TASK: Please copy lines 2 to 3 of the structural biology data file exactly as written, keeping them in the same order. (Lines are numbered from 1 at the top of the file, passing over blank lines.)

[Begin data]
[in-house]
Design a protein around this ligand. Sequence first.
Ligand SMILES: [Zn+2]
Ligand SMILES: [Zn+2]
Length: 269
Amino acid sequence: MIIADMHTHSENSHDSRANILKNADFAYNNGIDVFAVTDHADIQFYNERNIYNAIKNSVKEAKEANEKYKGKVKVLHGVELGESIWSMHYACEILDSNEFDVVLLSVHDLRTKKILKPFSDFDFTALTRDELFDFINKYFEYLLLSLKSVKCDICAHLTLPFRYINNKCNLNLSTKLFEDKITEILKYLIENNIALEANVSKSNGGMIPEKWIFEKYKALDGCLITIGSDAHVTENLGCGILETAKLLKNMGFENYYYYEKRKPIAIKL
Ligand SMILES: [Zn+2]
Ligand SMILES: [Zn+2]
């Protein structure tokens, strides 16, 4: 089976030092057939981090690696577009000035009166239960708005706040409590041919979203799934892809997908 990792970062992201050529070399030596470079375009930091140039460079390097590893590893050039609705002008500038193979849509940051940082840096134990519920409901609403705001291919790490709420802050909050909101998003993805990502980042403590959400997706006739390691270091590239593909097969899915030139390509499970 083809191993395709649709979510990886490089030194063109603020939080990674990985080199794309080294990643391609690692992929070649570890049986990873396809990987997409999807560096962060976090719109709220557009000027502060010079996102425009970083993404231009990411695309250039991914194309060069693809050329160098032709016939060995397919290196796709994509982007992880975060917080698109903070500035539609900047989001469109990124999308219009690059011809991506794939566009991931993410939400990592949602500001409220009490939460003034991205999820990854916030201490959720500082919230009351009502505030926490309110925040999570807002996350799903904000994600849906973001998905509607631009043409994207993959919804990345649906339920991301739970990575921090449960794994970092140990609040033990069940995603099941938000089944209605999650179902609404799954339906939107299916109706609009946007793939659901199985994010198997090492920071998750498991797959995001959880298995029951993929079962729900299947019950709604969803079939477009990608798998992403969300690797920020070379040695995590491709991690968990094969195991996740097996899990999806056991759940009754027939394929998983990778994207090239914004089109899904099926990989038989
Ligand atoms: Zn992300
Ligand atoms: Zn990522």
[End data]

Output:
Design a protein around this ligand. Sequence first.
Ligand SMILES: [Zn+2]